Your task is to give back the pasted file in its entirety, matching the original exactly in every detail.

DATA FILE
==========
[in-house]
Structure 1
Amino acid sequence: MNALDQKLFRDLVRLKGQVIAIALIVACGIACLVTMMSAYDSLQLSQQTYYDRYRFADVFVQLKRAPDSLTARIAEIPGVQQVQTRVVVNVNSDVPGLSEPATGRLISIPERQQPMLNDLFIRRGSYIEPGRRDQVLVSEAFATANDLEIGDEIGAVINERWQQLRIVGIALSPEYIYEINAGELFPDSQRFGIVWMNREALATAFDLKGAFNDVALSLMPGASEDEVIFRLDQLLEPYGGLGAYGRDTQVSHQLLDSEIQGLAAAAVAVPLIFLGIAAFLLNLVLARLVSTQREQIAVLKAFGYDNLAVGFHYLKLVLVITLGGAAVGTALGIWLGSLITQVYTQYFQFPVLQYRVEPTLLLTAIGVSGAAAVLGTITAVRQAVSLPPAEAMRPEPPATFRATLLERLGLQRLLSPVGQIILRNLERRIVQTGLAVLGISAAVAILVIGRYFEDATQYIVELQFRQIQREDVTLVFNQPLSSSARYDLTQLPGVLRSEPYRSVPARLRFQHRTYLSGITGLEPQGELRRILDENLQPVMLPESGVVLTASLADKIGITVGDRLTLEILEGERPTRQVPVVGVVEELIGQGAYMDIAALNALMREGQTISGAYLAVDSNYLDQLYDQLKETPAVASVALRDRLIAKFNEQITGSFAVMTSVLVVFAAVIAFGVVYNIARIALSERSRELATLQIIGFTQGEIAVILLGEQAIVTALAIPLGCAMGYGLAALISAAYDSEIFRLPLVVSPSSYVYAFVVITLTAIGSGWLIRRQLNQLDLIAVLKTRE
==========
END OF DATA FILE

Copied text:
[in-house]
Structure 1
Amino acid sequence: MNALDQKLFRDLVRLKGQVIAIALIVACGIACLVTMMSAYDSLQLSQQTYYDRYRFADVFVQLKRAPDSLTARIAEIPGVQQVQTRVVVNVNSDVPGLSEPATGRLISIPERQQPMLNDLFIRRGSYIEPGRRDQVLVSEAFATANDLEIGDEIGAVINERWQQLRIVGIALSPEYIYEINAGELFPDSQRFGIVWMNREALATAFDLKGAFNDVALSLMPGASEDEVIFRLDQLLEPYGGLGAYGRDTQVSHQLLDSEIQGLAAAAVAVPLIFLGIAAFLLNLVLARLVSTQREQIAVLKAFGYDNLAVGFHYLKLVLVITLGGAAVGTALGIWLGSLITQVYTQYFQFPVLQYRVEPTLLLTAIGVSGAAAVLGTITAVRQAVSLPPAEAMRPEPPATFRATLLERLGLQRLLSPVGQIILRNLERRIVQTGLAVLGISAAVAILVIGRYFEDATQYIVELQFRQIQREDVTLVFNQPLSSSARYDLTQLPGVLRSEPYRSVPARLRFQHRTYLSGITGLEPQGELRRILDENLQPVMLPESGVVLTASLADKIGITVGDRLTLEILEGERPTRQVPVVGVVEELIGQGAYMDIAALNALMREGQTISGAYLAVDSNYLDQLYDQLKETPAVASVALRDRLIAKFNEQITGSFAVMTSVLVVFAAVIAFGVVYNIARIALSERSRELATLQIIGFTQGEIAVILLGEQAIVTALAIPLGCAMGYGLAALISAAYDSEIFRLPLVVSPSSYVYAFVVITLTAIGSGWLIRRQLNQLDLIAVLKTRE